1911 Encyclopædia Britannica/Malebranche, Nicolas

MALEBRANCHE, NICOLAS (1638-1715), French philosopher of the Cartesian school, the youngest child of Nicolas Malebranche, secretary to Louis XIII., and Catherine de Lauzon, sister of a viceroy of Canada, was born at Paris on the 6th of August 1638. Deformed and constitutionally feeble, he received his elementary education from a tutor, and left home only when sufficiently advanced to enter upon a course of philosophy at the Collège de la Marche, and subsequently to study theology at the Sorbonne. He had resolved to take holy orders, but his studious disposition led him to decline a stall in Notre Dame, and in 1660 he joined the congregation of the Oratory. He was first advised by Père Lecointe to devote himself to ecclesiastical history, and laboriously studied Eusebius, Socrates, Sozomen and Theodoret, but “the facts refused to arrange themselves in his mind, and mutually effaced one another.” Richard Simon undertook to teach him Hebrew and Biblical criticism with no better success. At last in 1664 he chanced to read Descartes’s Traité de l’homme (de homine), which moved him so deeply that (it is said) he was repeatedly compelled by palpitations of the heart to lay aside his reading. Malebranche was from that hour consecrated to philosophy, and after ten years’ study of the works of Descartes he produced the famous De la recherche de la vérité, followed at intervals by other works, both speculative and controversial. Like most of the great metaphysicians of the 17th century, Malebranche interested himself also in questions of mathematics and natural philosophy, and in 1699 was admitted an honorary member of the Academy of Sciences. During his later years his society was much courted, and he received many visits from foreigners of distinction. He died on the 13th of October 1715; his end was said to have been hastened by a metaphysical argument into which he had been drawn in the course of an interview with Bishop Berkeley. For a critical account of Malebranche’s place in the history of philosophy, see Cartesianism.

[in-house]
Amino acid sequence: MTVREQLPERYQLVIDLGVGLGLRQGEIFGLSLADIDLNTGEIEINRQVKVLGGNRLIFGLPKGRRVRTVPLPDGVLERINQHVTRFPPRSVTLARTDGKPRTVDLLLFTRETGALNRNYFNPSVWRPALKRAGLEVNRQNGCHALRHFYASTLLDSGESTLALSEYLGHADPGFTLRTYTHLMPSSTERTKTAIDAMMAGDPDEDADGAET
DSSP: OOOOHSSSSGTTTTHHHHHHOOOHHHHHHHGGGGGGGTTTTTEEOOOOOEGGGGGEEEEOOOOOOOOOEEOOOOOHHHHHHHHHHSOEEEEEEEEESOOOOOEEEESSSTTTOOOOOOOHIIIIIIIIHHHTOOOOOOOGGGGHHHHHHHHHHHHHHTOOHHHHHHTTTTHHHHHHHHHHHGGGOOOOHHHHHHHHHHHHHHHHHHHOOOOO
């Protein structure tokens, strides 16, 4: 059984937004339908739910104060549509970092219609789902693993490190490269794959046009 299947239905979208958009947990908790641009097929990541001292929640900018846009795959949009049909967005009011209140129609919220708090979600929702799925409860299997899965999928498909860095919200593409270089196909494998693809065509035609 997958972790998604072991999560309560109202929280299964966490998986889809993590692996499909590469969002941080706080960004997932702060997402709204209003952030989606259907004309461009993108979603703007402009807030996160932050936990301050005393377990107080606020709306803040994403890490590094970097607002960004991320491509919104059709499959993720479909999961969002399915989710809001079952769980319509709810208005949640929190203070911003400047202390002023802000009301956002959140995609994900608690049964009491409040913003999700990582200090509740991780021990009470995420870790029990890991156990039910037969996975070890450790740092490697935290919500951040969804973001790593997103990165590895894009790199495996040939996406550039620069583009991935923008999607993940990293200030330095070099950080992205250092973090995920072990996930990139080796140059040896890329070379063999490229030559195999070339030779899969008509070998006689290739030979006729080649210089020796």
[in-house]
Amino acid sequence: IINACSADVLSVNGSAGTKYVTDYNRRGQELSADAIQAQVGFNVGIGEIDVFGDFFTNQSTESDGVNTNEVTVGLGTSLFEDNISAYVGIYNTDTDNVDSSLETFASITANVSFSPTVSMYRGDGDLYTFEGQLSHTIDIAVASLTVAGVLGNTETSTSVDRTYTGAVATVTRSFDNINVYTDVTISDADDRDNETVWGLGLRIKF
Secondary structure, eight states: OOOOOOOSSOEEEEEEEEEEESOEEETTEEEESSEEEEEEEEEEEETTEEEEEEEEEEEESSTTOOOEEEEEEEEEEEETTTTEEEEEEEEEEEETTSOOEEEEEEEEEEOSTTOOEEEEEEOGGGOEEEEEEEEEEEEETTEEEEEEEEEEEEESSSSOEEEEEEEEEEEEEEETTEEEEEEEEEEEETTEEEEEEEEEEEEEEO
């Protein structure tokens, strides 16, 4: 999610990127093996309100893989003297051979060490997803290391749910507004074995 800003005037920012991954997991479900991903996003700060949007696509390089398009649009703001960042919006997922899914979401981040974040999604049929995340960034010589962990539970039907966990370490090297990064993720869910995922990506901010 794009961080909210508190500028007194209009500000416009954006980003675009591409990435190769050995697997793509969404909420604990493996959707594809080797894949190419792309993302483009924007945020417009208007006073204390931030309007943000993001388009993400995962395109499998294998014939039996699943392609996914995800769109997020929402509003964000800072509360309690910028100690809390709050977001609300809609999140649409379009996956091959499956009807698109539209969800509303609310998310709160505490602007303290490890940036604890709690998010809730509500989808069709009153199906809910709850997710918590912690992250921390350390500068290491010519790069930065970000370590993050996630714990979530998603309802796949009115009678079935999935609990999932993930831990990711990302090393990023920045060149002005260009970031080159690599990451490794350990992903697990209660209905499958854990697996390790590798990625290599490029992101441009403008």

Works.De La recherche de la vérité (1674; 6th ed., 1712; ed. Bouillier, 1880; Latin trans, by J. Lenfant at Geneva in 1685; English trans. by R. Sault, 1694; and T. Taylor, 1694, 1712); Conversations chrétiennes (1677, and frequently; Eng. trans., London, 1695); Traité de la nature et de la grâce (1680; Eng. trans., London, 1695); Méditations chrétiennes et métaphysiques (1683); Traité de morale (1684; separate ed. by H. Joly, 1882; Eng. trans, by Sir J. Shipton, 1699); several polemical works against Arnauld from 1684 to 1688; Entretiens sur la métaphysique et sur la religion (1688); Traité de l’amour de Dieu (1697); Entretiens d’un philosophe chrétien et d’un philosophe chinois sur l’existence et la nature de Dieu (1708); Réflexions sur la prémotion physique (1715).

A convenient edition of his works in two volumes, with an introduction, was published by Jules Simon in 1842. A full account by Mrs Norman Smith of his theory of vision, in which he unquestionably anticipated and in some respects surpassed the subsequent work of Berkeley, will be found in the British Journal of Psychology (Jan. 1905). For recent criticism see H. Joly, in the series Les Grands philosophes (Paris, 1901); L. Ollé-Laprune, La Philosophie de Malebranche (1870); M. Novaro, Die Philosophie des Nicolaus Malebranche (1893).